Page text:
The controversy is stupid who cares sbout some lame plane most people who go to the smithsonian are kids on feild trips who dont care and dont pay attention to any thing any ways i went when i was younger and all me or my siblings payed attention to was the food and gift shops


rg - 11/28/2003

I recently read 2 good books pertaining to the atom bomb issue and Hirohito.

Hirohito: Behind the Myth by Edward Behr
Downfall by Richard B. Frank

The book, "The Rape of Nanking" is a good complement for "Hirohito". Provides a glimpse of what Hirohito's government, military AND family were invloved in.




Enola Straight? - 11/25/2003

?


Cram - 11/24/2003


As a good Liberal, I find it despicable that Enola should not be allowed to display herself simply because she's gay. Especially in these times when homosexual rights are progressing by leaps and bounds.


Oscar Chamberlain - 11/17/2003

Thanks for posting the exchange between the Smithsonian and the Committee for the National Discussion of Nuclear History. It makes clear again how difficult this topic is, and how politics have made it even more difficult.

The Committiee is right that the bare statement that will be used for the Enola Gay is woefully insufficient. If it had been any old B 29, then the Smithsonian's argument for a limiting the display's text to its technological importance would have had some merit.

But this is the Enola Gay. Surely the Smithsonian obtained this plane precisely because it dropped the first Atom Bomb used in a war. To obtain an artifact of this signficance and then dilute its context to the point of invisibility looks pretty close to incompetent.

Having said that, the Committee also demonstrates one reason why the Smithsonian has turned away from doing significant history on recent times.

The Committee clearly wants the Smithsonian to take a moral stand against the dropping of the bomb. In short they don't simply want an interpretation, they want their interpretation. (That may seem harsh given the Committee's language above, but if they had wanted a balanced interpretation, the Committee would have served itself better by suggesting one)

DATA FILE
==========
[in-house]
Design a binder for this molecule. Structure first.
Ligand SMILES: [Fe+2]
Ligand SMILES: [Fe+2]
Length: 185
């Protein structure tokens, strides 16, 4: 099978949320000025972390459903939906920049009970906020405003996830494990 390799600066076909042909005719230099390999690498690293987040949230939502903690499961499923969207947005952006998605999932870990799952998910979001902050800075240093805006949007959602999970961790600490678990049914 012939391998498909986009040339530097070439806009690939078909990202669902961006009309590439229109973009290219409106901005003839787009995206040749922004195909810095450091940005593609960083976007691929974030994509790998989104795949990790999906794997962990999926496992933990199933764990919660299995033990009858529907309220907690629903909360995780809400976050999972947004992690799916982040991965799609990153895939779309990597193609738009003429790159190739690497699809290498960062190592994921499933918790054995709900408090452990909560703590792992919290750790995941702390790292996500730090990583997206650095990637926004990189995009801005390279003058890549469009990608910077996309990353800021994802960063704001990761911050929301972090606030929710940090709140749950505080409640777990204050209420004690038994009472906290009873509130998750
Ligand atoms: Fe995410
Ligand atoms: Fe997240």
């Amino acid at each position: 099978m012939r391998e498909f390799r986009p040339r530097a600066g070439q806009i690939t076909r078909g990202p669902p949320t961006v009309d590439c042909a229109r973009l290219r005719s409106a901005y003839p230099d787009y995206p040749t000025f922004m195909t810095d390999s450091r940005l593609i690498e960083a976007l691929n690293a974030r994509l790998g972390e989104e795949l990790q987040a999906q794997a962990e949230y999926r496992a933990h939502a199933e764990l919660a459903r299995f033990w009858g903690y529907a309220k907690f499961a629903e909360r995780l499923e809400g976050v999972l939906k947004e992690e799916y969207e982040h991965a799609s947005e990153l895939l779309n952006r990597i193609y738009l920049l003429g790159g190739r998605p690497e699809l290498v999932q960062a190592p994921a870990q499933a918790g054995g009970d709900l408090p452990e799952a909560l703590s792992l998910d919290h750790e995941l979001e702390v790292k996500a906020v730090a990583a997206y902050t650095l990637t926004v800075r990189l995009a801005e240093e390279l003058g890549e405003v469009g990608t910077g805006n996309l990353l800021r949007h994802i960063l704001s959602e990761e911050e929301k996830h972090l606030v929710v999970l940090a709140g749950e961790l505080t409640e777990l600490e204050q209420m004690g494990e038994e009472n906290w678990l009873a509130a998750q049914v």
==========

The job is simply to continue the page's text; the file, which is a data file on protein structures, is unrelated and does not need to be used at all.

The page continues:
I have trouble with that. The impact of the dropping of the bomb is far too complex to strip down simply to doing it was "Evil" or was Good.

But exploring the complexity is tough when there are groups that will only settle for displays that declare that dropping the bomb was all Evil (or with equal ludicrousness all Good). It's particularly tough for an public institution as visible as the Smithsonian.

With that--and the nature of our Congress--in mind, the amazing thing may be that the display isn't an open glorification of the use of the Bomb.

Perhaps, after the original debacle over the Enola Gay, the Smithsonian has decided that a complex view of the bomb is impossible; so rather than take the one side that wouldn't get its funding cut, they stripped the display down to a minimum as the least bad alternative.

If that is the case, then my comment above about incompetence may be wrong.

But it's a terrible comment both on our conservative Congress who hate funding research that does not bare out their beliefs and on those historians who would, if they could, set equally narrow bounds on the Smithsonian.


Steve Brody - 11/17/2003


“We would hope that the label would go further to mention the controversial nature of the use of the atomic bombs and we would be willing to suggest language for your consideration.”

I’m sure they would love the opportunity to “suggest language” for the Smithsonian to use. Many of the Committee members fought bitterly any effort by the Smithsonian to inject some balance into the 1995 exhibit of the Enola Gay fuselage. An exhibit that many felt portrayed the Japanese as victims of American aggression.

“And, of course, the Museum valiantly attempted to present the exhibit titled "The Crossroads: The End of World War II, the Atomic Bomb and the Origins of the Cold War" in 1995.”

An exhibit that the Smithsonian admitted lacked balance and ultimately was cancelled.

“.. shortly after the bombing of Hiroshima, Japan surrendered unconditionally." That statement is at best misleading given the fact that the U.S. acceded to Japan's continued insistence on retaining the Emperor.”

This is pure sophistry and indicative of the twisting of facts for which this committee is famous. The Emperor was not “ retained” in any real sense. He was allowed to stay on as a figurehead without his “divine” status, as an aid in managing the Japanese peace. The Committee tries to make it seem as though the Emperor “retained” the same status as he had before and during the war. This is just garbage.